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Tory MP Kelly Block of Saskatchewan has asked Parliament to consider her proposed Bill 230 — The Protection of Freedom of Conscience Act. Photo from Facebook

Charles Lewis: The courage to protect conscience

By 
  • February 16, 2022

The one thing all should hold dear is their freedom of conscience. It may be our most effective tool in combatting oppression and ensuring religious freedom. It’s there for everyone to use but to employ it sometimes takes courage. But when put to work it can feel liberating.

In a recent column I wrote about Servant of God Dorothy Day, the founder of the Catholic Worker Movement. She was incapable of violating her own conscience and paid the price. After the Japanese attacked Pearl Harbor in 1941, Day’s conscience told her that meeting violence with violence went against the Sermon on the Mount. That cost her many friends and much support but she could do no more than what her conscience demanded.

I recently wrote elsewhere about Blessed Titus Brandsma, a Dutch Carmelite priest who refused to allow Nazi propaganda to appear in Catholic newspapers after Germany invaded the Netherlands. That refusal, the obeying of his conscience, led to his murder in Dachau.

Indeed, our Christian martyrs were the epitome of such sacrifice. They simply had to deny Christ or even just pay homage to some pagan god to avoid a horrible death. They followed their conscience to martyrdom and Heaven.But in Canada conscience is barely respected. In part because of our hyper-secular governments and our own fears of going against the grain.

This situation is most pronounced with those Canadian doctors who want no part of euthanasia (aka medical aid in dying or MAiD). While they are never forced to kill their patients directly, they are compelled, in every province but one, to make a referral to someone who will.

In effect, the doctor who makes such a referral would be saying, “I find it distasteful to kill you but, no worries, I’ll find someone who will.”

To date, as far as I can tell, only in Manitoba do doctors not have to refer a patient to another doctor who will kill them.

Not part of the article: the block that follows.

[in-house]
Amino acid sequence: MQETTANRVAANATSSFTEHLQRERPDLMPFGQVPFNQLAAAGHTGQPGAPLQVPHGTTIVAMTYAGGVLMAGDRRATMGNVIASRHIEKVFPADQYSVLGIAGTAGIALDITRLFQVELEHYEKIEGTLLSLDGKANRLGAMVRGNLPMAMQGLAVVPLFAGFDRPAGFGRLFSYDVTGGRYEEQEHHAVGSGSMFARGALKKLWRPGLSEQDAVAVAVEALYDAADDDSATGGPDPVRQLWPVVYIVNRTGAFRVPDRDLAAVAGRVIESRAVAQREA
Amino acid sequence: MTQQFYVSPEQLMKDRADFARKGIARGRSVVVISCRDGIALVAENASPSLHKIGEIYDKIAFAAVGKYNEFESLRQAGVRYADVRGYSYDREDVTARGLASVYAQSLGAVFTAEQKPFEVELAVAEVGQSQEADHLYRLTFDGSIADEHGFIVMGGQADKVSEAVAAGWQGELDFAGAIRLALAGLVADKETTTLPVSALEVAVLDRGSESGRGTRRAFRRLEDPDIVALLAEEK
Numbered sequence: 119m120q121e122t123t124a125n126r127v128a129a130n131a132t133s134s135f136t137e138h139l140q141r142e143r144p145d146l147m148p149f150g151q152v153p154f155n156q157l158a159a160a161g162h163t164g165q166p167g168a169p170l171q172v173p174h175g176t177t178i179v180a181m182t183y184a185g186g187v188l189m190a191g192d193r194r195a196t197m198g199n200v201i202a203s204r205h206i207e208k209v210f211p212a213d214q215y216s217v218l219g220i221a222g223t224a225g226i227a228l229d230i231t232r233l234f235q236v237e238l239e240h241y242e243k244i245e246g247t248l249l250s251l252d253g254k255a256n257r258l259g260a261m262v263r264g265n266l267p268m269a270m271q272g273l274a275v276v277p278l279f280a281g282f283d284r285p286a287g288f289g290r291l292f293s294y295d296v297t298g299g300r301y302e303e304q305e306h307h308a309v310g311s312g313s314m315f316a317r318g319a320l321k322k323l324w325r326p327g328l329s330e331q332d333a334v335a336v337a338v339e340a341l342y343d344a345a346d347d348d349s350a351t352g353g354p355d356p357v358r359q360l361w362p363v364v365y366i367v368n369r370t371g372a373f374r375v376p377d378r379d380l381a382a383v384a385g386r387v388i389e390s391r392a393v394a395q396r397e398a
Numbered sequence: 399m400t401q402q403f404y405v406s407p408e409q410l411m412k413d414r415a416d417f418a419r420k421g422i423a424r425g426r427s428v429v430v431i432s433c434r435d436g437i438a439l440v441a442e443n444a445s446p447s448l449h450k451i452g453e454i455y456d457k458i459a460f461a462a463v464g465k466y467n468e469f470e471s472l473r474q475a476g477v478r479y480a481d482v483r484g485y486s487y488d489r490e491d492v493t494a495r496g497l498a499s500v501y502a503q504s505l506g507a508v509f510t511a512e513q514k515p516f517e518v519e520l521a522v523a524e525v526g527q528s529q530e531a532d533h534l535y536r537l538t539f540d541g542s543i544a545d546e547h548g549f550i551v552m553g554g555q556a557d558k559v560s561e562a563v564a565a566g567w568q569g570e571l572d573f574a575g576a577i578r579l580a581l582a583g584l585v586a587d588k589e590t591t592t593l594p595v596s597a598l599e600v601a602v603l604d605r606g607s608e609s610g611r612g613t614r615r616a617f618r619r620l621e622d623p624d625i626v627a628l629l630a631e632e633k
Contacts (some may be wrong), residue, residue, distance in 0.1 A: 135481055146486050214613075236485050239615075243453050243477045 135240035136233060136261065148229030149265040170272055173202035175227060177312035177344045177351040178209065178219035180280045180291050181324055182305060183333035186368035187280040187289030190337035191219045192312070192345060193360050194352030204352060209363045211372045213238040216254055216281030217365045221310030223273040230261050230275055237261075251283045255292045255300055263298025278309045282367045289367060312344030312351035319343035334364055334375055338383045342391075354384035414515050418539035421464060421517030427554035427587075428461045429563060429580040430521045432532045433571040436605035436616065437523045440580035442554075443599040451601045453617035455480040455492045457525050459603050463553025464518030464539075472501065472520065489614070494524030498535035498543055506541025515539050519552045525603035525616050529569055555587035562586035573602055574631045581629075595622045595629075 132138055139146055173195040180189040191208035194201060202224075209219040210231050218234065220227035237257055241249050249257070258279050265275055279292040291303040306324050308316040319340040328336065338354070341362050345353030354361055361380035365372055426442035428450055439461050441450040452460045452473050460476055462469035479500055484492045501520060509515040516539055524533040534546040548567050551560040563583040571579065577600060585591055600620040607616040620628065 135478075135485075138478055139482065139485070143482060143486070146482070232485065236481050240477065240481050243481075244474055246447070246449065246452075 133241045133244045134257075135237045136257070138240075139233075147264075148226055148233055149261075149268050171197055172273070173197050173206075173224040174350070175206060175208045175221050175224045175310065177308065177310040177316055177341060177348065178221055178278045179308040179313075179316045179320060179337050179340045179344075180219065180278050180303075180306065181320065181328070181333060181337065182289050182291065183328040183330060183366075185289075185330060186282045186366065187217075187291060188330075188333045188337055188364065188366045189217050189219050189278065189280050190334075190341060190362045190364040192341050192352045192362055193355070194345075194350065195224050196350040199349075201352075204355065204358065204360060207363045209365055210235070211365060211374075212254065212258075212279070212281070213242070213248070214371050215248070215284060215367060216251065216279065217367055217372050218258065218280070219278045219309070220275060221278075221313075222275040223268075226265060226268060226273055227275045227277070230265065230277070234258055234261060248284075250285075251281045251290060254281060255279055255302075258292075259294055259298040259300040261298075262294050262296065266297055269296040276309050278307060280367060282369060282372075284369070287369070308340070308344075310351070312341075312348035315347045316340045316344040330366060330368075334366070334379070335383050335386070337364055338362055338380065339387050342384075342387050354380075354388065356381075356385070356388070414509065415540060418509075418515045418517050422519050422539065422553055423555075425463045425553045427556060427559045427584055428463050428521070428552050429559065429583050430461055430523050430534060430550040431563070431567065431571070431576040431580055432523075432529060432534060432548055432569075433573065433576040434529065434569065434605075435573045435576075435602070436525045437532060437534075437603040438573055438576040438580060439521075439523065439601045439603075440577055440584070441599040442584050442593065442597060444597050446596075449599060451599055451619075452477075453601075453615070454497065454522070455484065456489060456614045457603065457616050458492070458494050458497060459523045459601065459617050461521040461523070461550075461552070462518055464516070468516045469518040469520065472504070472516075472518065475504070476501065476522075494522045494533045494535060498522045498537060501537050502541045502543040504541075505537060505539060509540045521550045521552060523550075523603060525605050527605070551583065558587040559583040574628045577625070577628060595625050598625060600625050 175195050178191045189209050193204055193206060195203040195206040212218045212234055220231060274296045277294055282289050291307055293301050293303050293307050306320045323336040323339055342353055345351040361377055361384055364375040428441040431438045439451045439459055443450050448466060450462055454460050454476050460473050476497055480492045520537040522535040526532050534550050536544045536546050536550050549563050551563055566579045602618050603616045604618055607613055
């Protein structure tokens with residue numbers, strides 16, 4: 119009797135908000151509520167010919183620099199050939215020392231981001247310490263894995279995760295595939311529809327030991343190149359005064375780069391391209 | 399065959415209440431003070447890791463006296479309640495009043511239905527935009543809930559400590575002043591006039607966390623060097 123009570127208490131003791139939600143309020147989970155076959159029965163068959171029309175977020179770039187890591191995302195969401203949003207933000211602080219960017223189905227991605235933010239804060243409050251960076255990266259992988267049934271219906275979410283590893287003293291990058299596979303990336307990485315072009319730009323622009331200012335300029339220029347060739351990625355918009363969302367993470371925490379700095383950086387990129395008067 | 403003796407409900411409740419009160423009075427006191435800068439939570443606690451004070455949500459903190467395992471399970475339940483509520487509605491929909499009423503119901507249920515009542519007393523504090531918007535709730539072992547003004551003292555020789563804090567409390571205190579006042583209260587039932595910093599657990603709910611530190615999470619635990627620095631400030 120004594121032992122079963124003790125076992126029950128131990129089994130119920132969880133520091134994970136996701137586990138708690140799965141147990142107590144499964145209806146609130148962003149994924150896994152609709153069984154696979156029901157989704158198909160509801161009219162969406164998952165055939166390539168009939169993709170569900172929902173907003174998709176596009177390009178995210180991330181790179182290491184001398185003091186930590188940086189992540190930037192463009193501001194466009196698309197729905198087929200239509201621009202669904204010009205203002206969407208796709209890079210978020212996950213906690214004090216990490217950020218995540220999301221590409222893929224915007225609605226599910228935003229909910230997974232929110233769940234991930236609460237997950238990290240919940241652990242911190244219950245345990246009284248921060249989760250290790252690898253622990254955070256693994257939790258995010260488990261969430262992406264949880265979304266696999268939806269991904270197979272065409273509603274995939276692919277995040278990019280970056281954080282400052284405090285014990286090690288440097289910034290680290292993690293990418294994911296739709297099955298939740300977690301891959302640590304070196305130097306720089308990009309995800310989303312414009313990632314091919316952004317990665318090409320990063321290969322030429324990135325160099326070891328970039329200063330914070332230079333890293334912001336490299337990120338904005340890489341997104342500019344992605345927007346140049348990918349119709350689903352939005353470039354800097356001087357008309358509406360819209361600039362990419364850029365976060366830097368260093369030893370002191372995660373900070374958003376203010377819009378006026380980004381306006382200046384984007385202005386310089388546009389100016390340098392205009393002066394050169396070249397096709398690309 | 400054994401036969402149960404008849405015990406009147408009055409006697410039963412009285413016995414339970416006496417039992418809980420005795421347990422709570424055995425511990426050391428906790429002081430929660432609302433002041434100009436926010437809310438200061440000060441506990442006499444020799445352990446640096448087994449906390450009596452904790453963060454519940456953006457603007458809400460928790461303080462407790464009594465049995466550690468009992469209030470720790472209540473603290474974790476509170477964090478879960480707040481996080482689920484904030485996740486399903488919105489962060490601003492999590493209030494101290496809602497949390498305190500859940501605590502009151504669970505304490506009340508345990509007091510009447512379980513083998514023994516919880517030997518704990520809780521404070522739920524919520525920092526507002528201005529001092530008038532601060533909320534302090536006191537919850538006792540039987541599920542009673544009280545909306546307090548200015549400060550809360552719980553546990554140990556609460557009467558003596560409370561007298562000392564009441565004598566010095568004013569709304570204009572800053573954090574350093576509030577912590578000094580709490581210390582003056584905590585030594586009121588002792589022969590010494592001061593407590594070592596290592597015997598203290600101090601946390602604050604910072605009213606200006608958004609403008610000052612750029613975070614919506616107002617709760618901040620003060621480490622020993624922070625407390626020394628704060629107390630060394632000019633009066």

Now someone is trying to right this wrong. Tory MP Kelly Block of Saskatchewan has asked Parliament to consider her proposed Bill 230 — The Protection of Freedom of Conscience Act. There is a petition that you can sign to help Ms. Block in her efforts.

The petition notes: “Canadian medical professionals who conscientiously object to MAiD (euthanasia and assisted suicide) are being coerced and pressured to participate in these acts, either by direct participation or by being forced to do a referral for the purpose of the act. Medical professionals have been pressured to resign or have had to defend their right to be employed in their area of expertise because they refuse to participate in an act or do an effective referral for acts that they oppose.”

It also points out that conscience rights are a fundamental freedom under the Charter of Rights and Freedoms and that should apply to all Canadians.

“The reality is many medical professional organizations and individual professionals are beginning to understand that there is no conscience rights protection for medical professionals,” Ms. Block said in an email interview.

“With MAiD becoming normalized in our medical system, we need to create a work environment for medical professionals that protects them, supports them and encourages them to continue in the critical work they do.”

Here in Ontario the lack of protection is doubly galling because Premier Doug Ford promised conscience protection during the last provincial election. In fact, in opposition, the Tories lobbied to protect doctors from violating their most fundamental beliefs. But in power it seems to have been forgotten.

Perhaps it’s not that surprising. Politicians are leery of hooking their wagons to anything that smells of being pro-life. Look at how Ford dumped Tanya Granic Allen from the party for being too pro-life, even though she earned a spot to run as Tory in the riding of Mississauga Centre.

Ms. Block faces an uphill battle. The provincial colleges set the rules for physicians but her bill would make it a federal crime to penalize someone for exercising their conscience. She also faces a Parliament dominated by pro-death MPs.

While winning would be great, just the act of trying to right the wrong is important. It could once again raise a public debate that is greatly needed. As well as restore a right that should be universal and not exclude anyone… especially those whose job is to heal us.

(Lewis is a regular contributor to The Catholic Register)

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